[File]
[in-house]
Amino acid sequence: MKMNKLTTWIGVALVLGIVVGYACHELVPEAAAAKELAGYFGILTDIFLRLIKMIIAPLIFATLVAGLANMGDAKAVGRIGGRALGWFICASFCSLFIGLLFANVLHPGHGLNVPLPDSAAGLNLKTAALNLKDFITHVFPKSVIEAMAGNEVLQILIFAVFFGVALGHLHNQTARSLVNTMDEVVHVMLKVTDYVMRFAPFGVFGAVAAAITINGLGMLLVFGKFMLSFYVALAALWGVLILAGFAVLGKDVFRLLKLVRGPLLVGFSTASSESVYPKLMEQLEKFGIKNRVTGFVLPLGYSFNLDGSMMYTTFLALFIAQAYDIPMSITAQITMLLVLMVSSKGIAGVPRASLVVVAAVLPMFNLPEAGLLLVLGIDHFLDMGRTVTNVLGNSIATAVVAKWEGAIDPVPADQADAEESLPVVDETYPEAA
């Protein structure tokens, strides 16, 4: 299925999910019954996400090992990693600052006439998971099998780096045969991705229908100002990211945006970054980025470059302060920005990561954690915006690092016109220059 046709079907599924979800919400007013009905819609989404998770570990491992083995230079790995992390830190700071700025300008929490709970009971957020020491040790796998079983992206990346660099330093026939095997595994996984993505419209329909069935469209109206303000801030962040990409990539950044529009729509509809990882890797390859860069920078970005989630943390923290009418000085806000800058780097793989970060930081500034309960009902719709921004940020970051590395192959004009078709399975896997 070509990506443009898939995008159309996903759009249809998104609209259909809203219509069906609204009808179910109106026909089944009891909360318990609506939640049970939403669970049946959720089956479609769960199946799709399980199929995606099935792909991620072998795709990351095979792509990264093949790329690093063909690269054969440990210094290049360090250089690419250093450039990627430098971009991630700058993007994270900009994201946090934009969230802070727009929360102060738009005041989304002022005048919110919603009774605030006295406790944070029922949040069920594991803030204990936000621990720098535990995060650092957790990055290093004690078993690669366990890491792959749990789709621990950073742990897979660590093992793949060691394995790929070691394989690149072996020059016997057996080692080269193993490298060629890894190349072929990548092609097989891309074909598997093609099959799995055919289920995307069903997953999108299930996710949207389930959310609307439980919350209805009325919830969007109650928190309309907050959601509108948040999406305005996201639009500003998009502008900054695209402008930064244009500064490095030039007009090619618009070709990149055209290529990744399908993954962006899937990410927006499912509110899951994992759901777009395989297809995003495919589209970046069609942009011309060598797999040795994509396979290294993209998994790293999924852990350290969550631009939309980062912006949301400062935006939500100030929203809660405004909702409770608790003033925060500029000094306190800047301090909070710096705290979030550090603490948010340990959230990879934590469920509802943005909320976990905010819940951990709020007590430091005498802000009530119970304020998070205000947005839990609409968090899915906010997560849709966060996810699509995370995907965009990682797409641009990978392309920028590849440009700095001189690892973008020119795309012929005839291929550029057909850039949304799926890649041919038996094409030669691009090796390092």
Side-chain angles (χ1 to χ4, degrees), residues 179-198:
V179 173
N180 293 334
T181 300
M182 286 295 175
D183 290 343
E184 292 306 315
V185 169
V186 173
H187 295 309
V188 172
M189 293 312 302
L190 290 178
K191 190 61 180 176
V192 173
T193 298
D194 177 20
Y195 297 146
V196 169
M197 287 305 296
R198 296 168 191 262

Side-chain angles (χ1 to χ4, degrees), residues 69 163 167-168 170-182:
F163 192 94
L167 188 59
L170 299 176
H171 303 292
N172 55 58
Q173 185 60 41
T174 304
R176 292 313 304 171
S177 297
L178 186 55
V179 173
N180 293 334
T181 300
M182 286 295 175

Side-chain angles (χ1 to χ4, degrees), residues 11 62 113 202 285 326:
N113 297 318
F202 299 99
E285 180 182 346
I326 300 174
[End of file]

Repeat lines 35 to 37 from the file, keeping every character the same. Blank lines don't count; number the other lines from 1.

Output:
L178 186 55
V179 173
N180 293 334